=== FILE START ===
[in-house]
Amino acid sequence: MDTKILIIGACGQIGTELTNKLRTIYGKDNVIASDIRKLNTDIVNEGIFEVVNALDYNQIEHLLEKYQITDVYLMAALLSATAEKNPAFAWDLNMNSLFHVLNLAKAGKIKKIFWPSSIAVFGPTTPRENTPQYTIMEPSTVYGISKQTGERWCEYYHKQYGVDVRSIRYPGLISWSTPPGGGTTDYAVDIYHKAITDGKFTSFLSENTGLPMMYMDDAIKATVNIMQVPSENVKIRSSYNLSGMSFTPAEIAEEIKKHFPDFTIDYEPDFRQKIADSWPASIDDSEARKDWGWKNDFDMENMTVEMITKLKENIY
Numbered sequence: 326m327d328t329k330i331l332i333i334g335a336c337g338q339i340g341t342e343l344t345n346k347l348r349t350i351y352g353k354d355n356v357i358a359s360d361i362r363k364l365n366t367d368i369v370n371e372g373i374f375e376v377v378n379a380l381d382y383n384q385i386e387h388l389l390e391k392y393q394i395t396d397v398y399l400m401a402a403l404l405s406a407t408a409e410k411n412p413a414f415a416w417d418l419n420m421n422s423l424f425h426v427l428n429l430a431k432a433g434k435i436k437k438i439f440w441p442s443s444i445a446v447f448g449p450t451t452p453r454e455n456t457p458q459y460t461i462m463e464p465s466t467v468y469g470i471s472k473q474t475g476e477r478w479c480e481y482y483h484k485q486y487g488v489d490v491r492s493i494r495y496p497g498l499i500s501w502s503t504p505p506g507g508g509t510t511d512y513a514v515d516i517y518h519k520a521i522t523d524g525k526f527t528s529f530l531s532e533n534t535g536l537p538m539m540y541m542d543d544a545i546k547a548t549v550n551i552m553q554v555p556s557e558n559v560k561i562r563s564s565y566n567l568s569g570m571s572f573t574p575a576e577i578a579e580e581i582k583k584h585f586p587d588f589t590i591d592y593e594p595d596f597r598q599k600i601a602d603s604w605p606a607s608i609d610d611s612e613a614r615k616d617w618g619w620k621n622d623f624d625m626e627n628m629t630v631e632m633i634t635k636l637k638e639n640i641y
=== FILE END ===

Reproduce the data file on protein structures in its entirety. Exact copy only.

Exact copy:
[in-house]
Amino acid sequence: MDTKILIIGACGQIGTELTNKLRTIYGKDNVIASDIRKLNTDIVNEGIFEVVNALDYNQIEHLLEKYQITDVYLMAALLSATAEKNPAFAWDLNMNSLFHVLNLAKAGKIKKIFWPSSIAVFGPTTPRENTPQYTIMEPSTVYGISKQTGERWCEYYHKQYGVDVRSIRYPGLISWSTPPGGGTTDYAVDIYHKAITDGKFTSFLSENTGLPMMYMDDAIKATVNIMQVPSENVKIRSSYNLSGMSFTPAEIAEEIKKHFPDFTIDYEPDFRQKIADSWPASIDDSEARKDWGWKNDFDMENMTVEMITKLKENIY
Numbered sequence: 326m327d328t329k330i331l332i333i334g335a336c337g338q339i340g341t342e343l344t345n346k347l348r349t350i351y352g353k354d355n356v357i358a359s360d361i362r363k364l365n366t367d368i369v370n371e372g373i374f375e376v377v378n379a380l381d382y383n384q385i386e387h388l389l390e391k392y393q394i395t396d397v398y399l400m401a402a403l404l405s406a407t408a409e410k411n412p413a414f415a416w417d418l419n420m421n422s423l424f425h426v427l428n429l430a431k432a433g434k435i436k437k438i439f440w441p442s443s444i445a446v447f448g449p450t451t452p453r454e455n456t457p458q459y460t461i462m463e464p465s466t467v468y469g470i471s472k473q474t475g476e477r478w479c480e481y482y483h484k485q486y487g488v489d490v491r492s493i494r495y496p497g498l499i500s501w502s503t504p505p506g507g508g509t510t511d512y513a514v515d516i517y518h519k520a521i522t523d524g525k526f527t528s529f530l531s532e533n534t535g536l537p538m539m540y541m542d543d544a545i546k547a548t549v550n551i552m553q554v555p556s557e558n559v560k561i562r563s564s565y566n567l568s569g570m571s572f573t574p575a576e577i578a579e580e581i582k583k584h585f586p587d588f589t590i591d592y593e594p595d596f597r598q599k600i601a602d603s604w605p606a607s608i609d610d611s612e613a614r615k616d617w618g619w620k621n622d623f624d625m626e627n628m629t630v631e632m633i634t635k636l637k638e639n640i641y